Q: I've been a longtime lurker and am a huge fan of your column. I've been struggling with a question for some time now and I think this forum would offer me just the kind of feedback I need to help me make a decision.
I've recently dipped my toes back into the online dating pool and an old concern of mine has resurfaced. See, I don't hold a college degree, and online dating websites invariably force users to check a simple box denoting their level of education. My fear is that I'm being routinely overlooked by potential suitors who default to searching for dates who have college degrees. The mentality I've found when casually asking around among my (mostly college-educated) friends is that "educated" men very much prefer to date "educated" women, and the detailed Q&A section on a particular dating website reflects this, so I'm pretty sure my concern isn't unfounded.
Now, to put my situation in perspective, in addition to being a friendly and slightly nerdy girl-next-door type, I am a very smart, successful, financially independent woman in my early 30s. I have a solid middle-management career with a major corporation, my own apartment, a reliable car that is paid off, as well as great credit and zero debt (a rare side benefit of not having gone to college is not having to repay student loans!). My lack of a college degree is not at all a reflection of a lack of intelligence, responsibility, or work ethic. Instead, it's the product of a family situation that left me financially independent at a very young age and unable to afford college. People who know me at all are shocked to learn that I don't have a college degree, and once I explain the circumstances, they tend to be very understanding.
As I get older and worry more about missed opportunities, I find myself wondering whether fibbing and checking the "college degree" box on online dating profiles would be justifiable under the circumstances. (I would come clean upon meeting a guy face to face.) I know that the right guy won't hold my lack of a degree against me, and I know that there are plenty of guys like that out there -- I'm just concerned that those same guys are innocently ruling me out within the online dating pool. I also think it's worth noting that my job keeps me very busy, so I lean pretty heavily on online dating websites to help me meet single guys my age.
Maybe I'm making too much of this, but all signs seem to point to this being a considerable barrier in my dating life. For what it's worth, in the past I've dated men with a variety of educational backgrounds, from those who have only taken a few college classes, to fellows with PhD's. What do you think, Meredith? Should I fib online and explain myself when I meet a guy in person? Or would the guys I meet be justified in being angry at me for lying about this? And do your readers think that my worry is unfounded?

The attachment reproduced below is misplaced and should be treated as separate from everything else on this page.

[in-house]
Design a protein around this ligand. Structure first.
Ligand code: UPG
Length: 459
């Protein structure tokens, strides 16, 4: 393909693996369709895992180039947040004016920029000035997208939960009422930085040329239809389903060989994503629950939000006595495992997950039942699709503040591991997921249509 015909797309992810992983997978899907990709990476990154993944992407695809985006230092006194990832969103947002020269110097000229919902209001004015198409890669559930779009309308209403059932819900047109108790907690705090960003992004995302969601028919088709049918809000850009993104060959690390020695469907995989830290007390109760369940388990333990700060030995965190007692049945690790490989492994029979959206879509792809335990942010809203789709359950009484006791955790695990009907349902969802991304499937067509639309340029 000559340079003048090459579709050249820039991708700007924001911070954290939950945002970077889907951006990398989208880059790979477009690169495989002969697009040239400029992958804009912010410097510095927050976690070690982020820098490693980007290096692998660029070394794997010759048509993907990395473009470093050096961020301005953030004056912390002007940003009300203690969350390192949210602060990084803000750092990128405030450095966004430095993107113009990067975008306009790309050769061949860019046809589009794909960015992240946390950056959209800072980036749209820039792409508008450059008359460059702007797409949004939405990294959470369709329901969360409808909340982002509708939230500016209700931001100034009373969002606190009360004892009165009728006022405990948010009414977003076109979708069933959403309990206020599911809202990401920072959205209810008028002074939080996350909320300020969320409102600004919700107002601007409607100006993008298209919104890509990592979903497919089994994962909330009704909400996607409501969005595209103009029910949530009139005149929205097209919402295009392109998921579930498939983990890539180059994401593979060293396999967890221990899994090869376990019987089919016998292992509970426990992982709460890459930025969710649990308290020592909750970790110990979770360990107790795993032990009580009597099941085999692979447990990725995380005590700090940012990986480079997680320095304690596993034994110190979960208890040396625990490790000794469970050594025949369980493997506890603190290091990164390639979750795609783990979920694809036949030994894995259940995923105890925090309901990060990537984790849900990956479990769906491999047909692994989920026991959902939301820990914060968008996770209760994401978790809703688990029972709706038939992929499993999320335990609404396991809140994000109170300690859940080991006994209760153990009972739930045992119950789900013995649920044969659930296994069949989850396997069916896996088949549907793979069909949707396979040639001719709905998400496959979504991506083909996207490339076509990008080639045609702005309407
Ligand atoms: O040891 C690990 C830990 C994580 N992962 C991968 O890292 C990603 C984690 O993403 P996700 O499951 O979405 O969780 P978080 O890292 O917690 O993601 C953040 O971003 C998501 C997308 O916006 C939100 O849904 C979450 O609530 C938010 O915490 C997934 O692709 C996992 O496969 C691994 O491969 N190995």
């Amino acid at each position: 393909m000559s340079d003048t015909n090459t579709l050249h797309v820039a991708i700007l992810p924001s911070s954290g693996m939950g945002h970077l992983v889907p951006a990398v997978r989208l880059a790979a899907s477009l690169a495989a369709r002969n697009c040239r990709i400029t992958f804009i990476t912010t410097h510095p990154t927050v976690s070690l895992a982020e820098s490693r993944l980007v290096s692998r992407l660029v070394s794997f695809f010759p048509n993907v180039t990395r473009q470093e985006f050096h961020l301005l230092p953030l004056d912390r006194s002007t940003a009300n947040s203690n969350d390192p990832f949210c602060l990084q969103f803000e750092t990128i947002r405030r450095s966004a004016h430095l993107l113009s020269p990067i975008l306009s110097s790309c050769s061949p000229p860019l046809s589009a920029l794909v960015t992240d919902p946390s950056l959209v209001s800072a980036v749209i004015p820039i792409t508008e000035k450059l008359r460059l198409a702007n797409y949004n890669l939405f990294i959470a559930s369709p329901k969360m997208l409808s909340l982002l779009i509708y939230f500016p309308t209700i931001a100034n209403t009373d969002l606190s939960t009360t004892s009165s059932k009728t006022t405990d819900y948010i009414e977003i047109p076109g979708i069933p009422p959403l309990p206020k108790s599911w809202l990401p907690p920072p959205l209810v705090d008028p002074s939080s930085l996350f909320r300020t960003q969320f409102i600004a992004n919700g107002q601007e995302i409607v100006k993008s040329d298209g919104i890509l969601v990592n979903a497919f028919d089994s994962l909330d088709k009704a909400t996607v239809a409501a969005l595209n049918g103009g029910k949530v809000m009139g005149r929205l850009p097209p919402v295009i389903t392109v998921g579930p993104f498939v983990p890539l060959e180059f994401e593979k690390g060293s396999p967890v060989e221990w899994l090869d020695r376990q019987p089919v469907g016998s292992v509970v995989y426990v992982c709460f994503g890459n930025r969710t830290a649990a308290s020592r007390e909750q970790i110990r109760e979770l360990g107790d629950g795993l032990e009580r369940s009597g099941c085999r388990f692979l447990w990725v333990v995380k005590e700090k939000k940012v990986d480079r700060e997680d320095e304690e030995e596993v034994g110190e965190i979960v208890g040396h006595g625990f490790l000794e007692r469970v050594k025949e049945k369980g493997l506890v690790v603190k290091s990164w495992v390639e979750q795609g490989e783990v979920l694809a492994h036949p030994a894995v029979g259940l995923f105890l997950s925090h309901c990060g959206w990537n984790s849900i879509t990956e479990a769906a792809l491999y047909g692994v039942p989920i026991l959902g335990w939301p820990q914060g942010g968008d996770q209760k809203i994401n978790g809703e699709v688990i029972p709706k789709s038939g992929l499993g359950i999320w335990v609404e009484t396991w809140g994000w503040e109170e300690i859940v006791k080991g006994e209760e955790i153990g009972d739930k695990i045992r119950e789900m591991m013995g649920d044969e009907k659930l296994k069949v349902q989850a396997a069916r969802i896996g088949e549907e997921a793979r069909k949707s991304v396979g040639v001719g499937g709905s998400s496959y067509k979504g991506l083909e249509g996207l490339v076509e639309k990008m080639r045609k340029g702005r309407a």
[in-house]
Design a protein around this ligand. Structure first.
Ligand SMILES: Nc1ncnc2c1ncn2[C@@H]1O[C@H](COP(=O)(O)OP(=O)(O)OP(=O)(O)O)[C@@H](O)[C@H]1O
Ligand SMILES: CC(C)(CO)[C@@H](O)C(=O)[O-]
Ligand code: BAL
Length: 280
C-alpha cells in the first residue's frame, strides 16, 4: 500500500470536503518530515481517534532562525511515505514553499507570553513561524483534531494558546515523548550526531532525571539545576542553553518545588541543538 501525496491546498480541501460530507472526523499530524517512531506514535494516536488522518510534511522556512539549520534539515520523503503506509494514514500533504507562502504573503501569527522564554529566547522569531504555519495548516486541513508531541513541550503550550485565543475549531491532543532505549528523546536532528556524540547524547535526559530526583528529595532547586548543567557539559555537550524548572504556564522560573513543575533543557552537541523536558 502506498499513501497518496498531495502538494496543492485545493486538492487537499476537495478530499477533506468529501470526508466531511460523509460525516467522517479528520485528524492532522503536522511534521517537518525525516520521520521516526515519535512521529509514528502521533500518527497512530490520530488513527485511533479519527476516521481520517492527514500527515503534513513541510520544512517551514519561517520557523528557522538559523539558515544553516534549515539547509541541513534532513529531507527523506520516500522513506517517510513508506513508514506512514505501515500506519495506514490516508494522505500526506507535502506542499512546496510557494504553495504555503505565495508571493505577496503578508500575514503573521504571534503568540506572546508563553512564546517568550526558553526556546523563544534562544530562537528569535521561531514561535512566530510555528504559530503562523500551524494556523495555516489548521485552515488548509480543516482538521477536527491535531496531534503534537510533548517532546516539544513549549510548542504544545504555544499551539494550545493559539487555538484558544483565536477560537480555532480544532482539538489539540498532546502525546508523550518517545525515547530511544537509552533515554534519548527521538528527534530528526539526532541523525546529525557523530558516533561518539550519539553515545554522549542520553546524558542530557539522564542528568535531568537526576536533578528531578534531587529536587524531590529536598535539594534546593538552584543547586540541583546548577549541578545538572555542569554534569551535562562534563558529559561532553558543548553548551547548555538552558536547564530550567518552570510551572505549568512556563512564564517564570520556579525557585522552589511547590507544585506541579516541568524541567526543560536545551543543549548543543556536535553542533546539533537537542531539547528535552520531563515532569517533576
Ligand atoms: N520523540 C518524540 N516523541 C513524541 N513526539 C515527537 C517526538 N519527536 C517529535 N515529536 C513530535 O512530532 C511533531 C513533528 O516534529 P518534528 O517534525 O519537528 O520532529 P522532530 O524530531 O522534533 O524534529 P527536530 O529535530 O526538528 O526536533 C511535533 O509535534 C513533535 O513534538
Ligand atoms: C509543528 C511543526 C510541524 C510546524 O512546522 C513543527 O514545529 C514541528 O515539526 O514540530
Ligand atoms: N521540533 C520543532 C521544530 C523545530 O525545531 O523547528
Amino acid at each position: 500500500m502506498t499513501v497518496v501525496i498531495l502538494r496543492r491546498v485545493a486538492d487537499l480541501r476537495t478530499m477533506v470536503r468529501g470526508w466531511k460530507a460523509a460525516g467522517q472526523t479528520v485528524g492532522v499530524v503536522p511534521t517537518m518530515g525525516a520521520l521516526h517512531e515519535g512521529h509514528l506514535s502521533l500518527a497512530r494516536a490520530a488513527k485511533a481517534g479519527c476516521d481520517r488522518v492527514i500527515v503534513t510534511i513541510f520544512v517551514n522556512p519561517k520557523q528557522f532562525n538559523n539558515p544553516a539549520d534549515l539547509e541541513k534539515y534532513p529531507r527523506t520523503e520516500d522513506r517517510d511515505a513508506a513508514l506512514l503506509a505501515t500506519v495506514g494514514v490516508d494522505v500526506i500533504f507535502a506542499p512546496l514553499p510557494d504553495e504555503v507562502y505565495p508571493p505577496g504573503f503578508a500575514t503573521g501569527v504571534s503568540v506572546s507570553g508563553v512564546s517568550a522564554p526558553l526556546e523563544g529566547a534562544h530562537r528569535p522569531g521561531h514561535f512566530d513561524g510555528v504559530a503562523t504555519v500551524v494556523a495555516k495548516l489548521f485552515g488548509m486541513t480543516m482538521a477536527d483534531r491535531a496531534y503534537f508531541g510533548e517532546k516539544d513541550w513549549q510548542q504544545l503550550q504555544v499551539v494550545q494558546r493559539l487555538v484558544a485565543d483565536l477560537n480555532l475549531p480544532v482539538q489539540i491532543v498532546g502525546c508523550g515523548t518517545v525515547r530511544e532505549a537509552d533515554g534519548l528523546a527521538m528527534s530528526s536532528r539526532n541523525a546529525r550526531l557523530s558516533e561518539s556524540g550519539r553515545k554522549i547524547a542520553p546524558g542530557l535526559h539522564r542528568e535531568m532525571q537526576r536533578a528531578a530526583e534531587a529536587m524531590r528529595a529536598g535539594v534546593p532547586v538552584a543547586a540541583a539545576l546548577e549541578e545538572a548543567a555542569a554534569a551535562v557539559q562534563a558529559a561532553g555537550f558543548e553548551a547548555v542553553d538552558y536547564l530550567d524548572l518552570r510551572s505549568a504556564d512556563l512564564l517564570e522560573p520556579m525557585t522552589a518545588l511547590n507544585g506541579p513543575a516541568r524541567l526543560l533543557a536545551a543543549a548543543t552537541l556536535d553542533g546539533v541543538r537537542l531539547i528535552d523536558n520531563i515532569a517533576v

– Undereducated in Somerville
A: You shouldn't lie, UIS. If I were a nice guy who asked you out and you revealed a fib like that on our first date, I'd throw up a yellow flag. Maybe a red one. I'd be put off.
Sadly, you're dating in a world that has us judging potential partners based on the boxes they check. And you live in a town populated by universities. I mean, you're probably right down the street from Tufts and Harvard and Lesley and MIT and .... the list goes on.
My advice is to be clever on your profile and cross your fingers. What else can you do? Most people have a box that they wish they could check (or didn't have to check). Other people feel this way about their salary or their divorce or their kids. You wouldn't want those people lying to you, right?
Also, just because you're busy doesn't mean that you're allowed to stop looking for men in the real world. You can lean heavily on these sites, but you have to force yourself to do some in-person mingling. Ask friends to consider setting you up with other friends. Maybe find the time to join one club around town so that you're meeting guys with a similar interest, not a similar degree.
Don't check the box unless it applies to you. Sorry. I know it's tempting.
Readers? How difficult is it to date without a college degree in a college town? Do you skip over profiles based on boxes left unchecked? Is she allowed to lie in this situation? Thoughts for this LW about what she should put in her profile to compensate? Discuss.
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Meredith Goldstein is a Boston Globe columnist who follows relationship trends and entertainment. She offers daily advice on Love Letters — and welcomes your comments. Meredith is also the author of "The Singles," a novel about complicated relationships. Follow Meredith at www.meredithgoldstein.netand on Twitter. Love Letters can be found in the print edition of The Boston Globe every Saturday in the G section.